Only five of the 29 political parties that participated in the 2015 general elections have submitted details of their election expenses to the Independent National Electoral Commission as required by law, THISDAY has learnt. The other24 parties, including the ruling All Progressives Congress and the main opposition Peoples Democratic Party, are in breach of the Electoral Act, which requires political parties to file the audited return of their poll expenditure with the commission within six months of an election.
A competent source at the INEC headquarters in Abuja said the Election and Political Parties Monitoring Committee of the commission would be holding a series of meetings from tomorrow to discuss issues relating to violations by the parties. The meetings would also review pending applications for registration of new political parties.
Section 92 (3) of the Electoral Act, 2010, says, “Election expenses of a political party shall be submitted to the Commission in a separate audited return within six months after an election and such return shall be signed by the political party’s auditors and counter- signed by the Chairman of the party and be supported by a sworn affidavit by the signatories as to the correctness of its contents.”
The electoral law prescribes penalty for a breach of the above provision, thus, “Any political party which commits a breach of this section is guilty of an offence and shall be liable on conviction to a maximum fine of N1, 000,000 and in the case of failure to submit an accurate audited return within the stipulated period, the court may also impose a maximum penalty of N200, 000 per day on any party for the period after the return was due until it is submitted to the Commission.”
It was gathered that apart from APC and PDP, the 24 parties that failed to observe the law include All Progressives Grand Alliance, Labour Party, Alliance for Democracy, and Peoples Progressives Alliance.
The chairman of INEC, Professor Mahmood Yakubu, told a quarterly interactive session for registered political parties in Abuja recently that of the 29 parties that took part in the 2015 general elections, only five had so far submitted their audited accounts.
Yakubu said, “Parties are expected to submit to the commission their election campaign expenses for the 2015 general elections but as we speak only five political parties are in compliance.
“While 24 other political parties did not comply, the case of 17 parties is understandable because they were registered after the general elections. But for (29) parties that contested the general elections, only five complied.”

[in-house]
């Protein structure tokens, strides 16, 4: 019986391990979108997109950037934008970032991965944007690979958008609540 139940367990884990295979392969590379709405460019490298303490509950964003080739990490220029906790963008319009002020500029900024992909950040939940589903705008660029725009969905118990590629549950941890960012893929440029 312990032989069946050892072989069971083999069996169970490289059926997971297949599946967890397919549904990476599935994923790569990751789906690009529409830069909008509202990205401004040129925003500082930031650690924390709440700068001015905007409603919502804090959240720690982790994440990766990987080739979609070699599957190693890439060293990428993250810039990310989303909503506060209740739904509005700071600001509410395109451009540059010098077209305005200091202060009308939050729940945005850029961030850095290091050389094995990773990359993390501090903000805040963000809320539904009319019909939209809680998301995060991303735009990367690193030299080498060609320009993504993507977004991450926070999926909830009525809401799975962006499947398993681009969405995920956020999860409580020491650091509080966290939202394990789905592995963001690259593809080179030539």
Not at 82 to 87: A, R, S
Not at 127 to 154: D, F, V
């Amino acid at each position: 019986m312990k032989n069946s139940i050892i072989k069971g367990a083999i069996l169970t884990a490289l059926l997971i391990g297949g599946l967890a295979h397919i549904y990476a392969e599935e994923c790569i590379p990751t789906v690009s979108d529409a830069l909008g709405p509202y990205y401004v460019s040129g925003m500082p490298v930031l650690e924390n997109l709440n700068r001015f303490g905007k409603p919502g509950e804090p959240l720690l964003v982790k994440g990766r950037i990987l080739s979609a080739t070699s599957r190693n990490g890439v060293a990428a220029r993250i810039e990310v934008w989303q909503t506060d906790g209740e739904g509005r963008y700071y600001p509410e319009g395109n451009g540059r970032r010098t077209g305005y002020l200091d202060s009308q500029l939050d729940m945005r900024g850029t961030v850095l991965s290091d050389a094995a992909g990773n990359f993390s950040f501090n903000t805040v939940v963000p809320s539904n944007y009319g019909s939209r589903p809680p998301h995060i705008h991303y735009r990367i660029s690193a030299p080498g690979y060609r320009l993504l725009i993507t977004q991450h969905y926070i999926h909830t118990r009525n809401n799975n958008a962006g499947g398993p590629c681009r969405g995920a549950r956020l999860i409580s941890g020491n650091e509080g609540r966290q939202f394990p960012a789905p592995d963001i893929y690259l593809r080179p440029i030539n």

Yakubu said INEC had written to the political parties to ask if there were issues that made them unable to submit audited accounts.
He listed other violations by the registered political parties to include lack of authentic names of members of National Executive Committee, improper documentation of party constitution, and absence of valid party national headquarter offices in Abuja.
According to the INEC boss, “The constitution is very clear on the processes and conditions for registration that must be complied with. Section 223 of the constitution talks about the validity of the composition of the political parties NEC.
“Unfortunately, out of the 46 registered political parties, only 28 parties are in compliance. Eighteen political parties have not complied.
“Section 222 of the constitution requires political parties to establish offices in the Federal Capital Territory but as we speak today, only 29 political parties are in compliance, while 17 political parties have not. So, we have 17 political parties that have no offices in FCT or their rents have expired ,which amounts to the same thing, not having office in FCT.”
INEC’s director in charge of the Voter Education and Publicity Department, Mr. Oluwole Osaze-Uzzi, said that the commission was aware of the legal implications of such violations by the parties. Osaze-Uzzi, however, explained that the commission preferred to adopt a subtle approach by first embarking on sensitisation and capacity building for the political parties before eventually applying the law where necessary.
He did not name the five political parties that have complied with the financial regulation regarding election. Osaze-Uzzi said the commission had not yet authorised the issuance of such data, but he affirmed that those that had complied were not the big ones.
According to Osaze-Uzzi, “We are still looking at these issues and we will continue to engage the party leadership in sensitisation and capacity building programmes where we will encourage them to comply with the law.
“We will try to engage them to help build up capacities, but if after all these efforts they are unable to comply, then the commission will go ahead with the enforcement of the relevant laws.”
A source in one of the political parties, who did not want his name mentioned because he was not authorised to speak the press on the matter, told THISDAY that one of the reasons for the noncompliance with the requirement to file record of election expenses was the maximum limits of spending prescribed by the law. He revealed that most of the parties had exceeded the campaign spending provided for the various elective offices.
The Electoral Act prescribes a maximum of N1 billion for campaigning by presidential candidates, and N40 million for National Assembly contestants.
The source confirmed that PDP and APC were battling to fix their accounts before submission to INEC.